The new Nichols and Simpson four manual organ with primarily electric-slider action has five divisions. All pipework is located in a sound reinforcing chamber above and behind choir singers, wrapped in a façade designed by Frank Friemel.

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Community Church of Vero Beach
Vero Beach, Florida

The Community Church worship space is a "fan shaped" auditorium type room. Originally, congregation area floors were carpeted, and the rear perimeter walls were primarily clad in sound absorbing cloth covered fiber-glass acoustic panels. The ceiling was made of coffered plaster, and choir andorgan were located to the upper left of the Chancel platform. The former organ was a neo-baroque mechanical action instrument. The low reverberation period in the space did not enhance choral and organ music, nor did it foster good congregational participation in hymns and sung or spoken liturgy.

The expanded music program of the church required additional and flexible choir seating to accommodate the wide shift between "high" and "low" seasonal attendance. Further, a larger organ, romantically conceived, but capable of setting forth a wide range of compositional styles and eras, was desired. The sound system was aging, and designed toaccommodate the room's low reverberation period.

Acoustic improvements to the room include primarilyhard surface flooring, with carpet only in select aisles, and sound reflective walls featuring hard, dense constructionand uniquely engineered sound diffusing surface profiles. Retractable curtains are installed at the rear of the room to adjust the reverberation period for the high and lowseasonal attendance shifts. Ceiling surfaces were hardened and sealed. The reverberation period is now at 2.0 Seconds. The new sound system features an array of ceiling mounted speakers, along with special coverage speakers installed within the chancel steps, and monitor speakers to serve those seated at the Chancel and Choir. The system also includes comprehensivesound, video, and recording applications and controls to serve worship, theatrical productions and concerts.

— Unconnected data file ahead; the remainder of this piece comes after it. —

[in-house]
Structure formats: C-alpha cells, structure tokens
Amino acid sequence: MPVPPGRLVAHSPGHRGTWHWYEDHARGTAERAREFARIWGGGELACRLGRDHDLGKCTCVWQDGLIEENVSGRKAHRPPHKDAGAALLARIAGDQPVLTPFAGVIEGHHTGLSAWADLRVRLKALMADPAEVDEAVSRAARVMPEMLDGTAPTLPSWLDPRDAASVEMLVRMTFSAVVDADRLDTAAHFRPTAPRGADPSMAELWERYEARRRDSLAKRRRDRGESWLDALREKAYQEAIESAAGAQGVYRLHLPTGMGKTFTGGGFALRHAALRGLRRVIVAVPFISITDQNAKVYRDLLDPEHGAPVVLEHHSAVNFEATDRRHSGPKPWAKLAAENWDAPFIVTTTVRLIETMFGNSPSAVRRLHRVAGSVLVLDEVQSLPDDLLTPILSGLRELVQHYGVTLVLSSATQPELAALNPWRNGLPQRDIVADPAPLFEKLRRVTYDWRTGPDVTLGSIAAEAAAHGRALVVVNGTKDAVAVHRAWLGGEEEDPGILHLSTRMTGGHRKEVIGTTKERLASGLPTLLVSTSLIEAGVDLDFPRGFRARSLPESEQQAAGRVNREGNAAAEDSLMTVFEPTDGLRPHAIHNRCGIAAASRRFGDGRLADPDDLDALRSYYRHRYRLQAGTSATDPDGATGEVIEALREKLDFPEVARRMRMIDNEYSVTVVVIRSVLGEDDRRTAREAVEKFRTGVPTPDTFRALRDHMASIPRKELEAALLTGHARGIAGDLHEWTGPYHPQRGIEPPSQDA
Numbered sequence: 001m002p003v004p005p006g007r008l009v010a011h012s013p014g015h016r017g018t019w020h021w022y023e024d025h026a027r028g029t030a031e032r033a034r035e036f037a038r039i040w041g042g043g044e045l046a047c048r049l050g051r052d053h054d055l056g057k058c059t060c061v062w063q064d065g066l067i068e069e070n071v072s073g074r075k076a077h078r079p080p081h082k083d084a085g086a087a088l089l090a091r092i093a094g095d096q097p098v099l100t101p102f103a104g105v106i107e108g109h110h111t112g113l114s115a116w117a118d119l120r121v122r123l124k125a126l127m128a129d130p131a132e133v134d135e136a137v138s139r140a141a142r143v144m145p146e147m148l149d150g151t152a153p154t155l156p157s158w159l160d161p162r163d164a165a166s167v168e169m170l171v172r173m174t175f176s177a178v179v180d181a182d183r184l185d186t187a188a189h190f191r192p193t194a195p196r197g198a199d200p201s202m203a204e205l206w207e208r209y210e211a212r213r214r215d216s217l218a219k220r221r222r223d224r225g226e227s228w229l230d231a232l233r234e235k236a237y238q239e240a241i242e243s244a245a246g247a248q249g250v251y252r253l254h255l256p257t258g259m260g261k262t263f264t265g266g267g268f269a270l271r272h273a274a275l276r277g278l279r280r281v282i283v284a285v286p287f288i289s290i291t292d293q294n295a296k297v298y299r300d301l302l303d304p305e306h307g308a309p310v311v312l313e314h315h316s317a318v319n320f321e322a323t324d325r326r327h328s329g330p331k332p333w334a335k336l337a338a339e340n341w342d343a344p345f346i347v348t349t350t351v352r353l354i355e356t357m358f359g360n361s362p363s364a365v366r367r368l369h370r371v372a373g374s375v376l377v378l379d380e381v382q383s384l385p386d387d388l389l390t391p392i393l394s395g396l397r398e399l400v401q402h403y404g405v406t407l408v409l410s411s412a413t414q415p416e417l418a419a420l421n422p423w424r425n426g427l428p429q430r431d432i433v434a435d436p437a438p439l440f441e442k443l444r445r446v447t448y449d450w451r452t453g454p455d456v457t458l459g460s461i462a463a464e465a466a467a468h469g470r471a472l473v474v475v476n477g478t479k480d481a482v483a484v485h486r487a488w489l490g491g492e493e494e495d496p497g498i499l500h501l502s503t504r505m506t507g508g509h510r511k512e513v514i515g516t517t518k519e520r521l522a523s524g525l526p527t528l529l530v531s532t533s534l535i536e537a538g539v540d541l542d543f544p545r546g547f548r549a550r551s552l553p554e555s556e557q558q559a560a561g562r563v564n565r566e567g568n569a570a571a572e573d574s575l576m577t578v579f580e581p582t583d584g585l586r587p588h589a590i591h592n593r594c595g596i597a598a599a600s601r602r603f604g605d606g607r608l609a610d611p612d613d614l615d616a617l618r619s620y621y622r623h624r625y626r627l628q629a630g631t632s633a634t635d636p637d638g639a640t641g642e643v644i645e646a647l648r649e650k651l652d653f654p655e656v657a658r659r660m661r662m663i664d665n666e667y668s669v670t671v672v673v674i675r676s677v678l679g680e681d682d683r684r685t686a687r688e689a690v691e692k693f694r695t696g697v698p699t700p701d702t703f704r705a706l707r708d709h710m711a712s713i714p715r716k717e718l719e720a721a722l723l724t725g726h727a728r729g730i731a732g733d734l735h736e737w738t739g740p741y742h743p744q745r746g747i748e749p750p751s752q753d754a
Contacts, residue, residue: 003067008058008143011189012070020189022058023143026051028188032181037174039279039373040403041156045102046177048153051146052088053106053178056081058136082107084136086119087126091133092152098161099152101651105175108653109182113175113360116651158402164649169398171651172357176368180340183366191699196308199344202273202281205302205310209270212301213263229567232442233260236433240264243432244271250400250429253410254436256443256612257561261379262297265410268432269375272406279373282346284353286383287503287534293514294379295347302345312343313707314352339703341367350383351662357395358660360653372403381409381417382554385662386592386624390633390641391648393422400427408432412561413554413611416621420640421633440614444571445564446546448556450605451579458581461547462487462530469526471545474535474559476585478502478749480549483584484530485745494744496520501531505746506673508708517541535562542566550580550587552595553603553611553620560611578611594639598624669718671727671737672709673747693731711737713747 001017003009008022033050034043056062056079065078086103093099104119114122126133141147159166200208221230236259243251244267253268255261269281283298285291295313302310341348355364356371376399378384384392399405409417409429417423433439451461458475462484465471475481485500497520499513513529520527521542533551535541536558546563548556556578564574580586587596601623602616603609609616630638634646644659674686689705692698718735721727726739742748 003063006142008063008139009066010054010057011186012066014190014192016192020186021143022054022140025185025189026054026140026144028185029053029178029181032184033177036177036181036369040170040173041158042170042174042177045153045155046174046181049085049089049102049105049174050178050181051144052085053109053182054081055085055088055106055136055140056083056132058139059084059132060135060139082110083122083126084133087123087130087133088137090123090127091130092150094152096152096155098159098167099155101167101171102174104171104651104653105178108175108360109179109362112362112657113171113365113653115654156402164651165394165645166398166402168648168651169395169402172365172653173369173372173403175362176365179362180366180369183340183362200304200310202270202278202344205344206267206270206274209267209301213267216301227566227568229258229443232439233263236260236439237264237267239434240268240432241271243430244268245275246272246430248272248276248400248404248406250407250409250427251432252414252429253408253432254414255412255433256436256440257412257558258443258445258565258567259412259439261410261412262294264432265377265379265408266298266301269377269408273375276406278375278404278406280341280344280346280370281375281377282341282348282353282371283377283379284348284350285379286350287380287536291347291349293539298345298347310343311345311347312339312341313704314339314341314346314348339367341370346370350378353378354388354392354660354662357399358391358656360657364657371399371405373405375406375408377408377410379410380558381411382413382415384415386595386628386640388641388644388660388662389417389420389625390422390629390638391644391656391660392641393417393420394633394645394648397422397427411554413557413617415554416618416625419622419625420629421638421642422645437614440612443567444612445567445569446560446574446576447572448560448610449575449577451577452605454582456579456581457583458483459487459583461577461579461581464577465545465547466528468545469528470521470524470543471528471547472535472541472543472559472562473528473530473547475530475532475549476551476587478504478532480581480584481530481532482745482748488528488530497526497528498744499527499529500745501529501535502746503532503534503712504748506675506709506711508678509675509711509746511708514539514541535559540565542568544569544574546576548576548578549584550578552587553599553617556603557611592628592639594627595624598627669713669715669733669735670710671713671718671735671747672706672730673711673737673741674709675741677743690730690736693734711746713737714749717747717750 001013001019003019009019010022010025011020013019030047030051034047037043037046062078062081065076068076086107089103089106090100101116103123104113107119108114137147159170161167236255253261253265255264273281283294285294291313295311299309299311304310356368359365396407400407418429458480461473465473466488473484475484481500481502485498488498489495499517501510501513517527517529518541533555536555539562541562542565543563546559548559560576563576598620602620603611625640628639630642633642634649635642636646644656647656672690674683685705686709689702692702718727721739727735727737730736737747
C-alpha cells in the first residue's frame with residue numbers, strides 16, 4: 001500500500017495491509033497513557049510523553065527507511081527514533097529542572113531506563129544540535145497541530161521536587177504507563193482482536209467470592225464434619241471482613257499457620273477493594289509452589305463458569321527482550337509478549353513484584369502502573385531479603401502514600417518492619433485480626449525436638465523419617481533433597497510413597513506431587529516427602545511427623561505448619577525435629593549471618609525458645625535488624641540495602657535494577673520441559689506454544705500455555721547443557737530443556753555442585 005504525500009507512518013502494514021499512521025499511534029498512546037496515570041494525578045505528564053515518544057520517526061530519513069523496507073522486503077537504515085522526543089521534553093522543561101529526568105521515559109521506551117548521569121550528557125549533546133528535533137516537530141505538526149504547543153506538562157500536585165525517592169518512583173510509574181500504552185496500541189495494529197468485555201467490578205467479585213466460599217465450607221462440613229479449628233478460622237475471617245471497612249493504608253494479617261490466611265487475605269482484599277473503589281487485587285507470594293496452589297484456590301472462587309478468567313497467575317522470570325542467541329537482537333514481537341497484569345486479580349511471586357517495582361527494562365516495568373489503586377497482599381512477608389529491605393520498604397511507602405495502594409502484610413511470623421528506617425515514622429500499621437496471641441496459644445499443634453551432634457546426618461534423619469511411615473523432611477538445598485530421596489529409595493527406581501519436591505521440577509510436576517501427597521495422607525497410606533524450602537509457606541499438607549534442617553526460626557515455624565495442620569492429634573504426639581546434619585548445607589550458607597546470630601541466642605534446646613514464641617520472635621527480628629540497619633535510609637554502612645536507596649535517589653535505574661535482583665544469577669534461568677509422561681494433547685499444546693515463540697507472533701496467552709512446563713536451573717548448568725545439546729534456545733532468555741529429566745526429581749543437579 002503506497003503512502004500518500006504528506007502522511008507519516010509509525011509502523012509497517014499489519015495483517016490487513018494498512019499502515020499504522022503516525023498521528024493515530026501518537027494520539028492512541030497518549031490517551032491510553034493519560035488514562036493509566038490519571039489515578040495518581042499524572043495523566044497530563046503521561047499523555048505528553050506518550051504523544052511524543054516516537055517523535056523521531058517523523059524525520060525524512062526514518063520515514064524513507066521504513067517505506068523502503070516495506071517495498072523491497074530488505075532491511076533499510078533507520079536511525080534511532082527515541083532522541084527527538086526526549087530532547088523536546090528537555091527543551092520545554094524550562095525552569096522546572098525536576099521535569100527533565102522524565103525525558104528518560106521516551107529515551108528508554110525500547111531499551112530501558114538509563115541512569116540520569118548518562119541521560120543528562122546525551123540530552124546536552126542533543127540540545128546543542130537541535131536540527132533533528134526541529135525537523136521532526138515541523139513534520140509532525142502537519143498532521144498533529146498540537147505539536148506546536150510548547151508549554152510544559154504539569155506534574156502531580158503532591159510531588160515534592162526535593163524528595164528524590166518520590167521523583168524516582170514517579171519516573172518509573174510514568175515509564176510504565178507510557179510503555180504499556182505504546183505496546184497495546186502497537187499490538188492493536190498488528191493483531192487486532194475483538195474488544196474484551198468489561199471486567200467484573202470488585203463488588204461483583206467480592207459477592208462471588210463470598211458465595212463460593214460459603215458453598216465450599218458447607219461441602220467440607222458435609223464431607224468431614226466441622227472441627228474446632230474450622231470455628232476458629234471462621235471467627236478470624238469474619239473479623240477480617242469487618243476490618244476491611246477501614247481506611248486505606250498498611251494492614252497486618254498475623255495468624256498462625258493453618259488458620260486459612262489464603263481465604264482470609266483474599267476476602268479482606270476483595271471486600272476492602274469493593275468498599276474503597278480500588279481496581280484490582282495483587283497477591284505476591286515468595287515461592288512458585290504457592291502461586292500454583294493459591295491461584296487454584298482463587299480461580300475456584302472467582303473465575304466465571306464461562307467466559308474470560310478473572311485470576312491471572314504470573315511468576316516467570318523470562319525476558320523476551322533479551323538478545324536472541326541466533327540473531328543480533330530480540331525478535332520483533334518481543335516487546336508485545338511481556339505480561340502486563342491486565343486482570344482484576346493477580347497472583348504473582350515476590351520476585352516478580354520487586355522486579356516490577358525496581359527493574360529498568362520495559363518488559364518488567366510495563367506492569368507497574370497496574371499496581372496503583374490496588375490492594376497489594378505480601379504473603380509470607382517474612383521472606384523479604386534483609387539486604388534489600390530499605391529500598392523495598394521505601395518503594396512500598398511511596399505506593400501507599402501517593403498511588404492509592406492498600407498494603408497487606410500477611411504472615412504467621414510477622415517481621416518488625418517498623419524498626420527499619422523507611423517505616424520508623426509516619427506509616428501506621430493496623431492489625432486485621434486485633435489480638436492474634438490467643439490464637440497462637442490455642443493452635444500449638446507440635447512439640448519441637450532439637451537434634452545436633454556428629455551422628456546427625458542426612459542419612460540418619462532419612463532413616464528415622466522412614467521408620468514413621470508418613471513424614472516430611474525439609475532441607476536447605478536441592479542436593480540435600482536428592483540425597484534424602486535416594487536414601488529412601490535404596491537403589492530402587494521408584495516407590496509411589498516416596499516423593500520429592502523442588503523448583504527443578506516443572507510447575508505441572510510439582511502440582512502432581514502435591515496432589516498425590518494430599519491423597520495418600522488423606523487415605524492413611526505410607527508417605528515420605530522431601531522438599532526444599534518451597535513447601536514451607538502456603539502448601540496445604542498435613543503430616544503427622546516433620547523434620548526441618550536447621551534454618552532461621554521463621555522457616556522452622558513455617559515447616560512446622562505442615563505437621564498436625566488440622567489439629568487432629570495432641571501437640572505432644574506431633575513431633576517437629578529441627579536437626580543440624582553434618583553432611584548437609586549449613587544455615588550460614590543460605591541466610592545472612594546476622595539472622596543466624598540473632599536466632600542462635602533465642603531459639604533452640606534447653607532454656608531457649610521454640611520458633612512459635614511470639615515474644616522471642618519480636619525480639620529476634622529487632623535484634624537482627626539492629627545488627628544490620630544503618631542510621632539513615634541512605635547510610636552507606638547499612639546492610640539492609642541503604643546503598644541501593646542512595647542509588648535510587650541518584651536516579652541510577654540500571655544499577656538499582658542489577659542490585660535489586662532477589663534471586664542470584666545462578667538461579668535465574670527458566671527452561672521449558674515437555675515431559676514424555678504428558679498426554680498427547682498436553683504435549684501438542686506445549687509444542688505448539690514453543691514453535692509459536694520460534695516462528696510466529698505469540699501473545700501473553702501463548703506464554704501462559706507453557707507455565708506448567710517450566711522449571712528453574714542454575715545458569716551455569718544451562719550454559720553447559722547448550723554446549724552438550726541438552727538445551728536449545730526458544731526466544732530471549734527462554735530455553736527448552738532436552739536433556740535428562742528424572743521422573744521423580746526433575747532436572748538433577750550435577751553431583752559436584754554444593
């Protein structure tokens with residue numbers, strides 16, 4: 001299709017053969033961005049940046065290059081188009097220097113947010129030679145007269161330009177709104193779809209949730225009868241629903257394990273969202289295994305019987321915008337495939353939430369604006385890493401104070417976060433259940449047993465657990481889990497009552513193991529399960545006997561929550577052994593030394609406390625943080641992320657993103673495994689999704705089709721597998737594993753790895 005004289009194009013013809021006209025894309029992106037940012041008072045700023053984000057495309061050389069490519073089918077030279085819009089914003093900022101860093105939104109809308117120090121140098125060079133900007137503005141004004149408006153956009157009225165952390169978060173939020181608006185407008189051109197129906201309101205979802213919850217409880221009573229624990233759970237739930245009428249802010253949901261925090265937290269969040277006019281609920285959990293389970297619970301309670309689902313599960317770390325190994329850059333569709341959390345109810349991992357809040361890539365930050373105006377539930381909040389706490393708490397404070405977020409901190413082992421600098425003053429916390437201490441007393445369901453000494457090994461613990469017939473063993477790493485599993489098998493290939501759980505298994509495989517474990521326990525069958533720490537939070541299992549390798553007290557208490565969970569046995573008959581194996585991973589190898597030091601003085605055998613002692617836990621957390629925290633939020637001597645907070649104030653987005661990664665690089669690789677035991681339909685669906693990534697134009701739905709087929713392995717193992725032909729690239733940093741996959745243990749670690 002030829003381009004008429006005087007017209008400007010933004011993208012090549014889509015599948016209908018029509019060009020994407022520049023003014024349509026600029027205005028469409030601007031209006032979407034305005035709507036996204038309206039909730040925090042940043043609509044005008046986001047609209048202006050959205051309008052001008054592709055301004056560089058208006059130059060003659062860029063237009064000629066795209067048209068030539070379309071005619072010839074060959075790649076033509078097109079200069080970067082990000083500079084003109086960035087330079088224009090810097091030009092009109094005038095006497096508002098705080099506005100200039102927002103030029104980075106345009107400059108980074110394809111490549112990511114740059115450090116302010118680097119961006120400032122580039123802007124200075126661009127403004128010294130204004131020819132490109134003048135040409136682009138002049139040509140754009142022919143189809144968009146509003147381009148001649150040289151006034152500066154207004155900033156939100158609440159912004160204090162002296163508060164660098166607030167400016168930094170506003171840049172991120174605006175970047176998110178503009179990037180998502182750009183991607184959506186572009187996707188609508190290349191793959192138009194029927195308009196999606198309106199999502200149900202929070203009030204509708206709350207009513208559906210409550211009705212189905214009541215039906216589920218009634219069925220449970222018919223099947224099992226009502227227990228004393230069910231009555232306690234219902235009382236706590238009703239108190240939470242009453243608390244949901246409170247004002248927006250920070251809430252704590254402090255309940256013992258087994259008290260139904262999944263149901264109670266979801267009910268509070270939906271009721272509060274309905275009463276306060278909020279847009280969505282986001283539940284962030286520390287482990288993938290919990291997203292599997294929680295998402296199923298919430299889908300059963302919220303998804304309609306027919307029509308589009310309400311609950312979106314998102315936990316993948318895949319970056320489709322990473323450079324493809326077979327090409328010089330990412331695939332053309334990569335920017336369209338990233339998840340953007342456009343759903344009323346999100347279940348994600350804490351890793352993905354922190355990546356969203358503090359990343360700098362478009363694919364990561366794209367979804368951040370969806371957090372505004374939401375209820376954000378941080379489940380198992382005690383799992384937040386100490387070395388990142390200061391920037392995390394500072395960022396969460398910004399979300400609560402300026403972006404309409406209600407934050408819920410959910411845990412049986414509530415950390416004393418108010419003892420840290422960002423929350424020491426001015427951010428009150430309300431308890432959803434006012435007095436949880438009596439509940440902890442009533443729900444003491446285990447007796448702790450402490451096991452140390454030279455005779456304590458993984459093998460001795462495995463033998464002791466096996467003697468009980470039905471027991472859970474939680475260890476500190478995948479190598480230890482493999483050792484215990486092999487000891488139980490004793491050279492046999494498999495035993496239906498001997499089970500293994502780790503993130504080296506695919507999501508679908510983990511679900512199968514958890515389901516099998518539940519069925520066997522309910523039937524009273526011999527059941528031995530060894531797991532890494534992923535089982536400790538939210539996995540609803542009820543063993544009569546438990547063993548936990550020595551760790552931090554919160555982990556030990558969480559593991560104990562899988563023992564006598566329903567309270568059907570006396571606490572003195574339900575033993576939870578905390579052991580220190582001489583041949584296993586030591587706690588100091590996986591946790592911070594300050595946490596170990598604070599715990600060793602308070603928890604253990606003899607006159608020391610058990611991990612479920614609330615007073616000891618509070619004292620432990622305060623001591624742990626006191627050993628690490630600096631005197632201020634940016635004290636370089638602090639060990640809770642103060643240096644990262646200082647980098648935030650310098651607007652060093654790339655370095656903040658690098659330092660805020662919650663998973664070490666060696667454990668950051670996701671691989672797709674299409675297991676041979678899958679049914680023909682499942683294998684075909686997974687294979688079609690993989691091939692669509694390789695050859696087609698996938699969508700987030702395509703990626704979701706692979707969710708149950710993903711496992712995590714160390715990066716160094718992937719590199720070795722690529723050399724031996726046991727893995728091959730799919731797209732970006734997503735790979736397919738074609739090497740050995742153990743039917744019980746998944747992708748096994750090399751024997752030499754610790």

The new Lively & Fulcher organ is located in twin chambers and cases at the rear of the Chancel, above and behind the choir risers. The action is electric-slider, and the movable French terraced draw-knob console has a complete multi-level combination system. The Lively & Fulcher Organ Company also built the matching chancel and choir liturgical furnishings, seating, and wood wall and cabinetry work.

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Before

After

Mayflower Congregational Church
Oklahoma City, Oklahoma

Mayflower Congregational Church's worship space is as a long and fairly narrow New England Colonial style building with reasonably tall side walls. Original interior materials included significant amounts of carpeting, and many wall and ceiling surfaces clad with sound absorbing acoustic tile treatments. The Chancel choir area was limited in size and flexibility, and separated singers from each other in transepts with low ceilings and with large modesty railings.

The former organ was an electro-pneumatic unit organ, inadequate in size for the church's music program and worship space size, and suffering from failing mechanisms. The former organ pipes were located in a tone-restrictive side chamber that was without adequate climate control.

The extensive music program of the church called for a reliable instrument, capable of accompany and leading sacred music of many styles. Further, adequate flexible and functional space and a supportive acoustical environment were necessary to the present and future goals of the church's music ministry. Acoustic improvements to the room include the use of hard surface flooring throughout along with soundreflective and diffusing, hard, dense wall and ceiling gypsum board and plaster treatments. The Chancel and choir area were enlarged by extending the space towards the nave. The Chancel now accommodates all liturgical functions as well as provides space for choir singers, the organ console, a grand piano, and other instrumentalists. Modesty railings are spindle/baluster type to allowunobstructed sound projection. Access is facilitated with a chair lift.

The new Glück organ is located in twin chambers at the front and sides of the Chancel. The primary divisions are on the long axis of the room, in cases/chambers that flank the central Chancel window. The casework and façade blend into the architectural style of the room, andthe expression chambers are finished in multiple layers of dense, sound reflective gypsum board, with both insulation and air circulation fans to stabilize tuning/temperature conditions for the organ. The organ action is electric with some unit actions. The movable side-jambstop tab console has a complete multi-level combination system. The organ employs some restored and rebuilt pipe work from the previous Mayflower Church organ, along with re-purposed pipes from Glück stock, as well as newranks.

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Before

After

St. Hedwig Catholic Church
Milwaukee, Wisconsin